I added it because; firstly it’s something else for some readers to think about (more like a real game) and, secondly I’ve found over the course of doing these weekly problems that it’s better to remove all ambiguity where possible. There are enough Go Game Guru readers that someone always finds a variation otherwise.

      Sometimes I reject problems when I find they have too many possible solutions. This isn’t really one of those cases because the correct solution is so much better (as you say), but according to my reading C10 still makes sure that every other sequence, except for the correct one, fails completely.

  7. jangalf says:

    Thanks for the Problems David, the intermediate one is very beautiful and has a suprising solution. I can’t solve the hard one yet.

    • David Ormerod says:

      You’re welcome Jangalf. With the hard one, if you can see why striking at the vital point fails, then think about how you could reduce white’s liberties in the final shape and do that first.

  8. Vladimir Levin says:

    How hard is the “hard” problem do you think? I was able to understand the solution but finding that seems to be a bit beyond me.

    • David Ormerod says:

      I’m not sure Vlad and I’m probably the wrong person to ask since I have no idea how people go about rating the difficulty of problems.

      If you want me to guess, based on feeling, I’d say that a low kyu/dan player should be able to solve this one with a bit of thinking. This problem is less about being able to read deeply and more about a certain way of thinking, which you can learn. It’s not as hard as some of the problems from other weeks.

  9. I can tell you that the hard problem does not come intuitive at all to me and I’m an EGF 2d, though probably in decline, since I’m KGS 1d and find it hard to solve these problems at times.

    The intermediate problem does come intuitive to me, as the tesjui for this compromised diagonal has been hard wired in my brain.

    I finally found the solution not because I knew I had to reduce liberties, but because an unsolvable problem where the xy-point is open often unlocks when thinking of that proverb “Strange things happen at the xy-point”. I would not see this in a game situation.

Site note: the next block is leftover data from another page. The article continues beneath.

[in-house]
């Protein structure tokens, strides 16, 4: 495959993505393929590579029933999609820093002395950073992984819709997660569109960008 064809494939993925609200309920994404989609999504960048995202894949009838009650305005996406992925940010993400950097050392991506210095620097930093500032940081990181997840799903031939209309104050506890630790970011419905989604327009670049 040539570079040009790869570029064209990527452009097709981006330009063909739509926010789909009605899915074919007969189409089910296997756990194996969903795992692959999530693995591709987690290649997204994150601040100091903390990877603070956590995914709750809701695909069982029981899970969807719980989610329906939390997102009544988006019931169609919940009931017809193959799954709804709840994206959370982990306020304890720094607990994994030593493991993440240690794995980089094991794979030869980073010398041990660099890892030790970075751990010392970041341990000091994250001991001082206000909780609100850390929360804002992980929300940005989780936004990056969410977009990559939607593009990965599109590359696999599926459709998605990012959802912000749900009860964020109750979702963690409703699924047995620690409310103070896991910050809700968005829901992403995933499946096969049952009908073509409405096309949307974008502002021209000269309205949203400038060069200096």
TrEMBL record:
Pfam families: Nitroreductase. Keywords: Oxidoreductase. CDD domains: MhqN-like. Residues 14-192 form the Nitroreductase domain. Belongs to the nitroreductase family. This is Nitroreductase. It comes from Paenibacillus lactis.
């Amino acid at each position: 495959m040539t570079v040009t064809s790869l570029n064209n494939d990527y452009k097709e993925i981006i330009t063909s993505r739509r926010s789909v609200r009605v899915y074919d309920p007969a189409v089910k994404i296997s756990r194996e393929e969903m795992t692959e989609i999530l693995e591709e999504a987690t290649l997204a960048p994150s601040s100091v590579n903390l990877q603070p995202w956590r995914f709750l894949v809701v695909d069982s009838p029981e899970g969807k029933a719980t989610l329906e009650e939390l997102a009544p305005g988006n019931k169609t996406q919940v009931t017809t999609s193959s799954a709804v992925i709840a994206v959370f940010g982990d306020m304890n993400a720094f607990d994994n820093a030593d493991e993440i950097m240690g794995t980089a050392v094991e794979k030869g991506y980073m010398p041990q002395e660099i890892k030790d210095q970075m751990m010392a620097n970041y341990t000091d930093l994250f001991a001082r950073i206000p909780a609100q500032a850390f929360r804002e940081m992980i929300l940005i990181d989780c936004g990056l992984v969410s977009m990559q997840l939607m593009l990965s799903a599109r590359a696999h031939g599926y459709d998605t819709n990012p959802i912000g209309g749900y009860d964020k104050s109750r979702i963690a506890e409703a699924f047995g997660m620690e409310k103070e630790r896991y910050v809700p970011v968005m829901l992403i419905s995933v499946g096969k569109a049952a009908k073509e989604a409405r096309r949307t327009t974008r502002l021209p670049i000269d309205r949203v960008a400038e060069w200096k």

Great work, David, as always.

    BTW: in the basic one you could also apply the 1-2-3 principle, which yields another correct solution.

  10. Guillaume says:

    About the easy one.
    There’s a small variation that is not labeled correct (not labeled at all).. It was the 1st one I tried 🙂
    Black B1 – White C1 – Black A2 you don’t need to do the atari since white can’t come at B2 to make you eyes false.. so it leaves you with a small ko threat for Black at B2 (atari on 4 White’s stones).
    I doesn’t really mater for beginners but it can make a difference in a close game, I think.

    Thank you again for these problems!

    • However B playing like this (A2), and W tenuki also leaves W with a much bigger ko threat at E1 (threatening capture of B group) So I think it is probably worse for B than playing B2 am I right ?

      I guess it depends of course on the rest of the board and the size and situation of a particular ko

  11. Guillaume says:

    BTW — It would be nice to have a way to modify an already posted message.. I mean, I’m french and I don’t speak english very often so I do make some mistakes or write a word incorrectly like in my previous post.. I would be glad to have the possibility of correcting them so that it won’t stay on the internet that my english is bad 🙂

  12. Guillaume says:

    In the hard problem there’s a way to obtain this answer:
    End of variation
    Correct. White lost a liberty when she played A. She should play the ko instead.

    Why is White a woman? 🙂 First time I see he/she and not simply White with no gender 🙂